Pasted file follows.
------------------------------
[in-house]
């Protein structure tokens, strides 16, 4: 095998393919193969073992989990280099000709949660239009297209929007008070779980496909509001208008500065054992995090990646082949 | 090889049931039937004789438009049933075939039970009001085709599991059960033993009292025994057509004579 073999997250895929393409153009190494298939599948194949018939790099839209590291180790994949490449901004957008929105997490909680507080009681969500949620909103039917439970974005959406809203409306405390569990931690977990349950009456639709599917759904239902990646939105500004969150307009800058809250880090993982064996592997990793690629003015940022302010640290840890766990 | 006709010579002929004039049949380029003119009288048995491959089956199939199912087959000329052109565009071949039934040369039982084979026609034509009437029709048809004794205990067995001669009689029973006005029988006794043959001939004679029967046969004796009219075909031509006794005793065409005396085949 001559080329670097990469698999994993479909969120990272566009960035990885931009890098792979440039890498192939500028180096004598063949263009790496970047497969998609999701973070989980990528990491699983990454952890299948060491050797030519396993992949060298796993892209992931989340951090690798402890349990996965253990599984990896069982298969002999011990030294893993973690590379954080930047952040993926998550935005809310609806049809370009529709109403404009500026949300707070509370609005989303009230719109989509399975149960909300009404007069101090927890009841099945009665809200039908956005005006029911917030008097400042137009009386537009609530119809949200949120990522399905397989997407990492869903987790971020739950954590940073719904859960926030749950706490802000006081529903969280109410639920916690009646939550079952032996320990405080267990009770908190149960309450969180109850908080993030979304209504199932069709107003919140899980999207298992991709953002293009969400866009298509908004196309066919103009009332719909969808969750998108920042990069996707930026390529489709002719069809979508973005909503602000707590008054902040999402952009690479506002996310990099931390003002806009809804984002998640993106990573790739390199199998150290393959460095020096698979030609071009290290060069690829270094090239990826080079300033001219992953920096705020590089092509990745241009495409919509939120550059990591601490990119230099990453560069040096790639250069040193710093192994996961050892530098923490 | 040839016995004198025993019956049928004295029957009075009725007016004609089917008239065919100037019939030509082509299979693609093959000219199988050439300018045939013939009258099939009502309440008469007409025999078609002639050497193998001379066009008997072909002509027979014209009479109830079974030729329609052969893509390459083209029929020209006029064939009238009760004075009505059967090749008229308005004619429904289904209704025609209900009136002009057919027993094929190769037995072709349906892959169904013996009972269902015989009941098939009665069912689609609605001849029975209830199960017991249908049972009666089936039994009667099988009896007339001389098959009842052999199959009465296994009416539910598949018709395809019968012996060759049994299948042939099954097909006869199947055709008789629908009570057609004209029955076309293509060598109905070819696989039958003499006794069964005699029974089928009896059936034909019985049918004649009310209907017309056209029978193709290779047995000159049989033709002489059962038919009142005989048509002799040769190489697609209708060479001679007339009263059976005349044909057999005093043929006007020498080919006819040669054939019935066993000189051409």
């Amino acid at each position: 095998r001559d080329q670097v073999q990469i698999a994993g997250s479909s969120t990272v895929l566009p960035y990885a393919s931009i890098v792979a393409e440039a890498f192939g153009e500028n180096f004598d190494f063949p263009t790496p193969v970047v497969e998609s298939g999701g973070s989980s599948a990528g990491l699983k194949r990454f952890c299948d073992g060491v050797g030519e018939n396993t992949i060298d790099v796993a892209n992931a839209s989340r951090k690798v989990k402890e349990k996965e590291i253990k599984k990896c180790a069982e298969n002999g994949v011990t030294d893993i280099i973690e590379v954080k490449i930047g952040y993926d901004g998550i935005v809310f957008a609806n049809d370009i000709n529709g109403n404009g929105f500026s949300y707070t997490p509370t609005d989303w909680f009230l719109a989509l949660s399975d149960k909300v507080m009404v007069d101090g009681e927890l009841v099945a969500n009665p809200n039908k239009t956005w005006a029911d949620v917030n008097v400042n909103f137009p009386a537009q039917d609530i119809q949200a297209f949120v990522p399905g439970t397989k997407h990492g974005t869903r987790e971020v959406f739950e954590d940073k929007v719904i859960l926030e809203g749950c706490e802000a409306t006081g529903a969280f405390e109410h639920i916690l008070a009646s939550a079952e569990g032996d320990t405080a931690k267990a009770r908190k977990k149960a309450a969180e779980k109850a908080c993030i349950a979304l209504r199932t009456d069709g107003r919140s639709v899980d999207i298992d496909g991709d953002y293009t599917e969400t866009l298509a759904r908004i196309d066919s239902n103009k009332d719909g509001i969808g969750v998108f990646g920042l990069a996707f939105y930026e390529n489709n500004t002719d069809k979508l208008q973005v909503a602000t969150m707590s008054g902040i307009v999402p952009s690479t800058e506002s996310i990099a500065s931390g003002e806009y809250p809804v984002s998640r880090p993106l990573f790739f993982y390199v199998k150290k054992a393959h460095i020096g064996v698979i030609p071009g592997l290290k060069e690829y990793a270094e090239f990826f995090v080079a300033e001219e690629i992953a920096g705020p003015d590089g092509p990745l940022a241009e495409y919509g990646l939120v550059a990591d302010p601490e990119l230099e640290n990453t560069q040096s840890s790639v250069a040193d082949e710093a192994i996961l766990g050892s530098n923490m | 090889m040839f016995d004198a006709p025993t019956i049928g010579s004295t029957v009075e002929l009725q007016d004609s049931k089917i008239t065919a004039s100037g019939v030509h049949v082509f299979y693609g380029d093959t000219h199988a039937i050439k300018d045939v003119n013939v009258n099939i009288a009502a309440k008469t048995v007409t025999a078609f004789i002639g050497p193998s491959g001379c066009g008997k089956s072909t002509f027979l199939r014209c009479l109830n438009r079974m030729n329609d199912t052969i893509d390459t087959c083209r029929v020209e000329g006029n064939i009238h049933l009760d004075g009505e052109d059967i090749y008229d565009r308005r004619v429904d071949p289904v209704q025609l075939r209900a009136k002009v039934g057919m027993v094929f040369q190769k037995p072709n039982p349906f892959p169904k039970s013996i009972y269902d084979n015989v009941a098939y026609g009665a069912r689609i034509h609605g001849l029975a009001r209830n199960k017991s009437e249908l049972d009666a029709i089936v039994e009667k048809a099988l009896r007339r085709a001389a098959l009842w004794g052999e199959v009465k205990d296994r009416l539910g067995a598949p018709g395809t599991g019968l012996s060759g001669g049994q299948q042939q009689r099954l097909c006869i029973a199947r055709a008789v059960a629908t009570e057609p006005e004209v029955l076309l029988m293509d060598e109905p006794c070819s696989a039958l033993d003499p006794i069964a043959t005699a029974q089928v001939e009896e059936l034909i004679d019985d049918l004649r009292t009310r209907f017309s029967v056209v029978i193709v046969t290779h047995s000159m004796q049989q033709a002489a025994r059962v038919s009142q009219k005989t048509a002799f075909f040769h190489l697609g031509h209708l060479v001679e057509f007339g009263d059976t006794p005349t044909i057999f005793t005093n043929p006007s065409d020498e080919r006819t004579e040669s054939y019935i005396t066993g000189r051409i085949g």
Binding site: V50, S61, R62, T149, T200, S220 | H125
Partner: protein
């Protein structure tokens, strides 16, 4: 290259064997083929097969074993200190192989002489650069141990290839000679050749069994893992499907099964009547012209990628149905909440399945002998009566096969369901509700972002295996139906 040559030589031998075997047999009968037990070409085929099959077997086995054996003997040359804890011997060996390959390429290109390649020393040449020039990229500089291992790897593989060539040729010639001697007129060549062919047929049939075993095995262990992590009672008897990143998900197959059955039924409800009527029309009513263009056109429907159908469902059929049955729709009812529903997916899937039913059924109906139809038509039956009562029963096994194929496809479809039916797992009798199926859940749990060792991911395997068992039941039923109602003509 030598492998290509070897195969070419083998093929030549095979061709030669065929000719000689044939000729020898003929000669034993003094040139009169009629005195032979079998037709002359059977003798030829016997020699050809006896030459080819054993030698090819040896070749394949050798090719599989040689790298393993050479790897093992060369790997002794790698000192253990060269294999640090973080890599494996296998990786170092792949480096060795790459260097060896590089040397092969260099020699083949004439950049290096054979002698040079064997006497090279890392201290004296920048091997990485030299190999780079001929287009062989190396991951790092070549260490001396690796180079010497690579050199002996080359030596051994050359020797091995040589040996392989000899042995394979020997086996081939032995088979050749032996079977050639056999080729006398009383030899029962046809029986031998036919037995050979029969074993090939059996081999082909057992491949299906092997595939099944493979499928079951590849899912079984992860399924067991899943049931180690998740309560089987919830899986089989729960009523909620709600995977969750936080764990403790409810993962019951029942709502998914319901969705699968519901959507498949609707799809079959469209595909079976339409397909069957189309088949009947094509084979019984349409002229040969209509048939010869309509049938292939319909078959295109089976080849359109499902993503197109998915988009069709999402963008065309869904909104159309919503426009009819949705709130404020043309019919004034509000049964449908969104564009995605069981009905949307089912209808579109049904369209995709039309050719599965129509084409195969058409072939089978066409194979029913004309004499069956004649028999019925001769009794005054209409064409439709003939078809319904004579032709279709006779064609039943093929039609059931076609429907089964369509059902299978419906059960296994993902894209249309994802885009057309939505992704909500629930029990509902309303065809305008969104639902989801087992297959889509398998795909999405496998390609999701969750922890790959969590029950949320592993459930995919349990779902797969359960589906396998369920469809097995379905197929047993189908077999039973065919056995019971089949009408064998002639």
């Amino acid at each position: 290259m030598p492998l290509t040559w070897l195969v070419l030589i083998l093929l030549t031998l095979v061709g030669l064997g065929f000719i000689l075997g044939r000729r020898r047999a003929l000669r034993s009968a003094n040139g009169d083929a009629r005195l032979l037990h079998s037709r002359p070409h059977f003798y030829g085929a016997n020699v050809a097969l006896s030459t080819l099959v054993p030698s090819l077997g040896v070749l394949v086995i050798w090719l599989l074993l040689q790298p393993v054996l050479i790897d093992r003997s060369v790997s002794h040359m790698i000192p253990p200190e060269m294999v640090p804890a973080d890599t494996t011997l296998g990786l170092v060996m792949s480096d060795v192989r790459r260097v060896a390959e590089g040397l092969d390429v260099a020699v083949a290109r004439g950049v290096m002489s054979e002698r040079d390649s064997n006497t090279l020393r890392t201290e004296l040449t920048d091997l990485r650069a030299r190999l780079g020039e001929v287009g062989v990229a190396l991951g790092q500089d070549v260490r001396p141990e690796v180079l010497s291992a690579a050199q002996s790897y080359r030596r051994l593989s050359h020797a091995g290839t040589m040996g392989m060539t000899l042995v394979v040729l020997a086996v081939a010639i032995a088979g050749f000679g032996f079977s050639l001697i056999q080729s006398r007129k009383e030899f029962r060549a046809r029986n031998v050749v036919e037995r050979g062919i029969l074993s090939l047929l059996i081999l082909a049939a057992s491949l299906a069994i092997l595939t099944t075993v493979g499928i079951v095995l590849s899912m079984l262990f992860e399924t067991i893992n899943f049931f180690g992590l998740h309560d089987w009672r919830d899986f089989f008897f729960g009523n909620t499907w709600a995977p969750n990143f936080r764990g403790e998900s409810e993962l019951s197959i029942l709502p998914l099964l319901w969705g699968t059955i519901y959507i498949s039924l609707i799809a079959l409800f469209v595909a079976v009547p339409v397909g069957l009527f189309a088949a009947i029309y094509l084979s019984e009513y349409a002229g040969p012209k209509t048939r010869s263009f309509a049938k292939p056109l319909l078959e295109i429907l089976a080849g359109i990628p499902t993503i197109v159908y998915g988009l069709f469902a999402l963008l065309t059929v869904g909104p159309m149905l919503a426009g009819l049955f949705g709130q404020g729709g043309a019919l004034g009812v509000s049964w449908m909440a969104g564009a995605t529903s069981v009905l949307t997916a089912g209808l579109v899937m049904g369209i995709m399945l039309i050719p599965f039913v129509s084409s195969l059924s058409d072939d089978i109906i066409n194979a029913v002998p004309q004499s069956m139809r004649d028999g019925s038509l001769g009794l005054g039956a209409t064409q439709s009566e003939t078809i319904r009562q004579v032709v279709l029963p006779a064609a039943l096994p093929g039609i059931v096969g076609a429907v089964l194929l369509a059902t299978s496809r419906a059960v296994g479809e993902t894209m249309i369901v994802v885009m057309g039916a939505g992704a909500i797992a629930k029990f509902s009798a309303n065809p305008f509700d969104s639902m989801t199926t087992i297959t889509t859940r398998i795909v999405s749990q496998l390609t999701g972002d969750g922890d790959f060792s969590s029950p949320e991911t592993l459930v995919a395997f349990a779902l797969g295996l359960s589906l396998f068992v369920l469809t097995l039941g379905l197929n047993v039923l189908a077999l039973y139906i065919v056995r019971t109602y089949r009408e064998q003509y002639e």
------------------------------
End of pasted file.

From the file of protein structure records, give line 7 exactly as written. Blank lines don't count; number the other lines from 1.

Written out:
């Amino acid at each position: 290259m030598p492998l290509t040559w070897l195969v070419l030589i083998l093929l030549t031998l095979v061709g030669l064997g065929f000719i000689l075997g044939r000729r020898r047999a003929l000669r034993s009968a003094n040139g009169d083929a009629r005195l032979l037990h079998s037709r002359p070409h059977f003798y030829g085929a016997n020699v050809a097969l006896s030459t080819l099959v054993p030698s090819l077997g040896v070749l394949v086995i050798w090719l599989l074993l040689q790298p393993v054996l050479i790897d093992r003997s060369v790997s002794h040359m790698i000192p253990p200190e060269m294999v640090p804890a973080d890599t494996t011997l296998g990786l170092v060996m792949s480096d060795v192989r790459r260097v060896a390959e590089g040397l092969d390429v260099a020699v083949a290109r004439g950049v290096m002489s054979e002698r040079d390649s064997n006497t090279l020393r890392t201290e004296l040449t920048d091997l990485r650069a030299r190999l780079g020039e001929v287009g062989v990229a190396l991951g790092q500089d070549v260490r001396p141990e690796v180079l010497s291992a690579a050199q002996s790897y080359r030596r051994l593989s050359h020797a091995g290839t040589m040996g392989m060539t000899l042995v394979v040729l020997a086996v081939a010639i032995a088979g050749f000679g032996f079977s050639l001697i056999q080729s006398r007129k009383e030899f029962r060549a046809r029986n031998v050749v036919e037995r050979g062919i029969l074993s090939l047929l059996i081999l082909a049939a057992s491949l299906a069994i092997l595939t099944t075993v493979g499928i079951v095995l590849s899912m079984l262990f992860e399924t067991i893992n899943f049931f180690g992590l998740h309560d089987w009672r919830d899986f089989f008897f729960g009523n909620t499907w709600a995977p969750n990143f936080r764990g403790e998900s409810e993962l019951s197959i029942l709502p998914l099964l319901w969705g699968t059955i519901y959507i498949s039924l609707i799809a079959l409800f469209v595909a079976v009547p339409v397909g069957l009527f189309a088949a009947i029309y094509l084979s019984e009513y349409a002229g040969p012209k209509t048939r010869s263009f309509a049938k292939p056109l319909l078959e295109i429907l089976a080849g359109i990628p499902t993503i197109v159908y998915g988009l069709f469902a999402l963008l065309t059929v869904g909104p159309m149905l919503a426009g009819l049955f949705g709130q404020g729709g043309a019919l004034g009812v509000s049964w449908m909440a969104g564009a995605t529903s069981v009905l949307t997916a089912g209808l579109v899937m049904g369209i995709m399945l039309i050719p599965f039913v129509s084409s195969l059924s058409d072939d089978i109906i066409n194979a029913v002998p004309q004499s069956m139809r004649d028999g019925s038509l001769g009794l005054g039956a209409t064409q439709s009566e003939t078809i319904r009562q004579v032709v279709l029963p006779a064609a039943l096994p093929g039609i059931v096969g076609a429907v089964l194929l369509a059902t299978s496809r419906a059960v296994g479809e993902t894209m249309i369901v994802v885009m057309g039916a939505g992704a909500i797992a629930k029990f509902s009798a309303n065809p305008f509700d969104s639902m989801t199926t087992i297959t889509t859940r398998i795909v999405s749990q496998l390609t999701g972002d969750g922890d790959f060792s969590s029950p949320e991911t592993l459930v995919a395997f349990a779902l797969g295996l359960s589906l396998f068992v369920l469809t097995l039941g379905l197929n047993v039923l189908a077999l039973y139906i065919v056995r019971t109602y089949r009408e064998q003509y002639e």